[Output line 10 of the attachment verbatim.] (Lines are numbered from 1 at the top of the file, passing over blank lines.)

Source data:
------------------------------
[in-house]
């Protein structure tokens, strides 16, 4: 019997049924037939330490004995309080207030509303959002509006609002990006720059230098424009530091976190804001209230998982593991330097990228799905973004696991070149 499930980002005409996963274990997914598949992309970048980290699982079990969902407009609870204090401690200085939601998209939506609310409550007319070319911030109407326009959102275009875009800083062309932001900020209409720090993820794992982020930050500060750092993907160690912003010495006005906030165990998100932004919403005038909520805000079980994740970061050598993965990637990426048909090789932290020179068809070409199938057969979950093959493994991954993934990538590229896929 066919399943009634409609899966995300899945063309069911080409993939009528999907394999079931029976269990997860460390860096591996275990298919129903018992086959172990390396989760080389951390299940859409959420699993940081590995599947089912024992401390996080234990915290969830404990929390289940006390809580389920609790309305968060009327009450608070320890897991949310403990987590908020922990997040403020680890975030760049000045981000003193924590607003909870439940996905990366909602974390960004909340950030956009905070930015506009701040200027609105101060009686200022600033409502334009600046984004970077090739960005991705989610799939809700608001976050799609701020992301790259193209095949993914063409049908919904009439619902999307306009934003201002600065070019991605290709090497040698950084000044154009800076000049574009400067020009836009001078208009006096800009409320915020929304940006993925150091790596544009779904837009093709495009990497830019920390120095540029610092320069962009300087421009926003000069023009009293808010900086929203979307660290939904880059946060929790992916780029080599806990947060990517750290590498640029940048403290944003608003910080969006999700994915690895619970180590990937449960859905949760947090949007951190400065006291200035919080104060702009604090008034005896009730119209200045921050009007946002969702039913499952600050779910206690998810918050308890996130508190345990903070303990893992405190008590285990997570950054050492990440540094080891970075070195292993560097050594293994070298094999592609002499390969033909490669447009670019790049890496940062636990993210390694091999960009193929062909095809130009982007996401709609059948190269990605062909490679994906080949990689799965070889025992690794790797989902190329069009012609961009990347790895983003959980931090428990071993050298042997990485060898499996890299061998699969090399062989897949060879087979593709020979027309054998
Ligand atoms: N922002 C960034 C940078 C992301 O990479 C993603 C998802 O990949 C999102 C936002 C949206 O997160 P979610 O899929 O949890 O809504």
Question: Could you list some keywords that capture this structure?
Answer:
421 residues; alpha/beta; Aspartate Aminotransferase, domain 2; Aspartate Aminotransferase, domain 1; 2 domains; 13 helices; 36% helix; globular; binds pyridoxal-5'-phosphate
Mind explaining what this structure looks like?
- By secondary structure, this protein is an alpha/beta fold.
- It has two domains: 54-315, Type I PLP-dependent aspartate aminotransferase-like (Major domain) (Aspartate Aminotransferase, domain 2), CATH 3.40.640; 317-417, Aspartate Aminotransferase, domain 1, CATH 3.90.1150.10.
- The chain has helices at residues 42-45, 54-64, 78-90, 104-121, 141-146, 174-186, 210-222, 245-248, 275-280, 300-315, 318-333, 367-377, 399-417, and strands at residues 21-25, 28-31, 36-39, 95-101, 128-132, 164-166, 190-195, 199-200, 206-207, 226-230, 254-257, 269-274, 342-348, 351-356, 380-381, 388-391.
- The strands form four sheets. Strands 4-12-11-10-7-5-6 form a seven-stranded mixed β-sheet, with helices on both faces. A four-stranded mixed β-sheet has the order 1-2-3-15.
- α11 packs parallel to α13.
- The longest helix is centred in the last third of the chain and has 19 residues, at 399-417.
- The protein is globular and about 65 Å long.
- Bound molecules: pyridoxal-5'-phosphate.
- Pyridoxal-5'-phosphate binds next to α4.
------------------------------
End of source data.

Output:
- The chain has helices at residues 42-45, 54-64, 78-90, 104-121, 141-146, 174-186, 210-222, 245-248, 275-280, 300-315, 318-333, 367-377, 399-417, and strands at residues 21-25, 28-31, 36-39, 95-101, 128-132, 164-166, 190-195, 199-200, 206-207, 226-230, 254-257, 269-274, 342-348, 351-356, 380-381, 388-391.